To this day the heirs of the Radical Reformation are small, marginal Christian groups—the Mennonites are amongst the more mainstream while the Amish and Hutterites would represent a less common strand of the tradition.
Yet there are many problems that arise when we begin to question the Anabaptist approach more thoroughly. (I should note up front that James Davison Hunter’s treatment of the neo-Anabaptists—think Shane Claiborne—in To Change the World is must-reading, as is O’Donovan’s Desire of the Nations which offers a more complete response to Yoderian and Hauerwasian ways of thinking.)
To begin, the obvious problem for any religious tradition that defines itself in such essential opposition to the government but also, increasingly out of necessity, the modern market, is that if you preach repentance to Caesar (or the Wolf of Wall Street) and they say “OK, I repent,” you don’t know what to tell them. Peter Leithart gets at the problem in a punchy-but-amusing way here (HT to Brian Auten on this quote):
Once there was a prophet named Stanley. The prophet Stanley was a bold and faithful man who stood with granite face against the powers of the age.
“You cannot do that s–t,” he would say, as he stood before the king. “You are going to end up in f—–g h–l, and your people are going to hate you.”
One day, the king began to listen and to see the wisdom in Stanley’s words. When Stanley told him that the weak must be protected from the vicious strong, the king took steps to protect the weak. When Stanley told him that Jesus was Lord, the king bowed his knee. When Stanley told him that religious freedom is a subtle temptation, the king took heed.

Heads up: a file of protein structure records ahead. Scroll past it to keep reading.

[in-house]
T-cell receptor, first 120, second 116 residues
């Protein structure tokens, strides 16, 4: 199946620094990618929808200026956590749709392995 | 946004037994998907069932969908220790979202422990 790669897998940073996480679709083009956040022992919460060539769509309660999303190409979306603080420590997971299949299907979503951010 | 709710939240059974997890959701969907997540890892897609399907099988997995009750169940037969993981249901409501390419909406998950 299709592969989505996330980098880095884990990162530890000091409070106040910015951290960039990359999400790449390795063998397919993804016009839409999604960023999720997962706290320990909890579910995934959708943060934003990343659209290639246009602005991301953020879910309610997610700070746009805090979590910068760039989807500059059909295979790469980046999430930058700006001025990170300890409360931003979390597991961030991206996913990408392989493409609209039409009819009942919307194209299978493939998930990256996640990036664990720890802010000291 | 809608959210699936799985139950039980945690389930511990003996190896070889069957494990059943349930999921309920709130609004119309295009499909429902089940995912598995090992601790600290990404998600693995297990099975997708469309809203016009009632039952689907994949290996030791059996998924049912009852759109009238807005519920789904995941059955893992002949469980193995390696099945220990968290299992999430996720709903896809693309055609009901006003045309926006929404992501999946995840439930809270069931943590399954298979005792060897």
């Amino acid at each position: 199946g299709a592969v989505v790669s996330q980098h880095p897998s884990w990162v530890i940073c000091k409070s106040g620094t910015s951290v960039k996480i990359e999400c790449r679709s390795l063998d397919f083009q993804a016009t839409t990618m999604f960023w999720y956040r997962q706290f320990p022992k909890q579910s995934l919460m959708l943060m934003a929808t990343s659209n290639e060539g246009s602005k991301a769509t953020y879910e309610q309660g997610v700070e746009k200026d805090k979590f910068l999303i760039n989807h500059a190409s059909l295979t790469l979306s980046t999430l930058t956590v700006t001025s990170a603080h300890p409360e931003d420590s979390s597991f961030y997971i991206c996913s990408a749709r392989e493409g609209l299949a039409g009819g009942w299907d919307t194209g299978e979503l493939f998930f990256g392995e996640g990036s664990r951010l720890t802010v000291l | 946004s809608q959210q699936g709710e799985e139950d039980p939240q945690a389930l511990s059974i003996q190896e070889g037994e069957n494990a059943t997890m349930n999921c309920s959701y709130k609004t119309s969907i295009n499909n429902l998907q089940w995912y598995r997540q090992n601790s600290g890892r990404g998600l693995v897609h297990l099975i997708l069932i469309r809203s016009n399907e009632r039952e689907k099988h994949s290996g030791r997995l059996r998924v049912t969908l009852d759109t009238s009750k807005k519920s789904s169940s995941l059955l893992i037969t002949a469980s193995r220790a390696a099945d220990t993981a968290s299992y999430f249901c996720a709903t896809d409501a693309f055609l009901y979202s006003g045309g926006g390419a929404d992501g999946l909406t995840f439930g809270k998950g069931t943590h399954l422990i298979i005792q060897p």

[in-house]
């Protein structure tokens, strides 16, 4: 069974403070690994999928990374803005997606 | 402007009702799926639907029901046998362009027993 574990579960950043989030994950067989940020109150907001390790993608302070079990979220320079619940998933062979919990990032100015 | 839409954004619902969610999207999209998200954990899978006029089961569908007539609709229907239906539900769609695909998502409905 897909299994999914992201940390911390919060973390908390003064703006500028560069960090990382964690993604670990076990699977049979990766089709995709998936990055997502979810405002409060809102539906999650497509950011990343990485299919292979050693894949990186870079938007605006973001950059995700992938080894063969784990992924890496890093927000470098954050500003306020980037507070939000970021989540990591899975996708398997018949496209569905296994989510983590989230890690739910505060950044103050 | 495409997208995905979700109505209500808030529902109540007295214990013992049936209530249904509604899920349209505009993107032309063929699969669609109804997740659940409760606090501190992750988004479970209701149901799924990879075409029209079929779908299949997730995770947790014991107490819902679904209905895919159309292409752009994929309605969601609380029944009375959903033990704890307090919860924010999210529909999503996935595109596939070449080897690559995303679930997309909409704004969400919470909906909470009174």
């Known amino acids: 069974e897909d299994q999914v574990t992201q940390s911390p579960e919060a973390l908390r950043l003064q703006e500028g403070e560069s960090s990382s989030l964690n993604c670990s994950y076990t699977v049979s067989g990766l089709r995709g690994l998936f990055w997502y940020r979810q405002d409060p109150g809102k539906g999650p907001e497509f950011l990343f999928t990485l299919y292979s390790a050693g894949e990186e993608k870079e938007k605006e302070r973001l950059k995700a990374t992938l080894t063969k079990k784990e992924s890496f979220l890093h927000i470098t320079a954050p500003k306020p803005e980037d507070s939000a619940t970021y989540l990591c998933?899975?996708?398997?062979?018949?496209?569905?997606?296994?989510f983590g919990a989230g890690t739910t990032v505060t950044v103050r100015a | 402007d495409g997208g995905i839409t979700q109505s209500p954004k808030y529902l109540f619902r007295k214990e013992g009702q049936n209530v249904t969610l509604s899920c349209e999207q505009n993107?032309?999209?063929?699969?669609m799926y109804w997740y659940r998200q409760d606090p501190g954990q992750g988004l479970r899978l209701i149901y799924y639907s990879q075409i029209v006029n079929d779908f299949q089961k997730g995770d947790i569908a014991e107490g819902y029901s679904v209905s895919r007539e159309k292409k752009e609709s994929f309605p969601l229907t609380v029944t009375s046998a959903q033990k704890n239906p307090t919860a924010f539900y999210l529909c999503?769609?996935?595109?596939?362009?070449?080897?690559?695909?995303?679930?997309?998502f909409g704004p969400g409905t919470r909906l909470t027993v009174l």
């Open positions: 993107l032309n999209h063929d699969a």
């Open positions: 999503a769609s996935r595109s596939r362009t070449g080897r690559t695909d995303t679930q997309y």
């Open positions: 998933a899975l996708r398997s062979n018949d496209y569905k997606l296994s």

And the king made a proclamation, that all in his kingdom should wear sackcloth and ashes and repent of their sins, even to the least beast of burden.
And Stanley went out from the city and made a shelter and sat under it and refused to speak again to the king.
And Stanley said, “Lord, please take my life from me, for death is better to me than life. I am a d–n prophet, not a f—–g chaplain.”
And the Lord said, “Do you have good reason to be angry?”
As for the king, he was greatly confounded and confused and knew not what to do; for he had done all that Stanley had asked.
The parable ends with questions, not a moral: Will the king always refuse to listen? Says who? And, when the king begins to listen, must the Church fall silent, so as to avoid becoming a chaplain? To keep her integrity, must the Church refuse to succeed?
This dilemma explains why the magisterial Protestants would sometimes mockingly call the radicals “anarchists.” Suppose that we preached the Gospel faithfully and every person in a place became Christian—would the government dissolve because no Christian can serve in government due to government’s coercive nature? But then what do we make of the many biblical texts that seem to treat government as a creational norm? Indeed, what do we do with stories like those of Daniel and his friends in scripture who all served in the Babylonian government? What do we do with Elisha’s words to Naaman after he was healed which allowed him to continue serving the king? Or what of John the Baptist’s response when asked by soldiers how they ought to live after being baptized?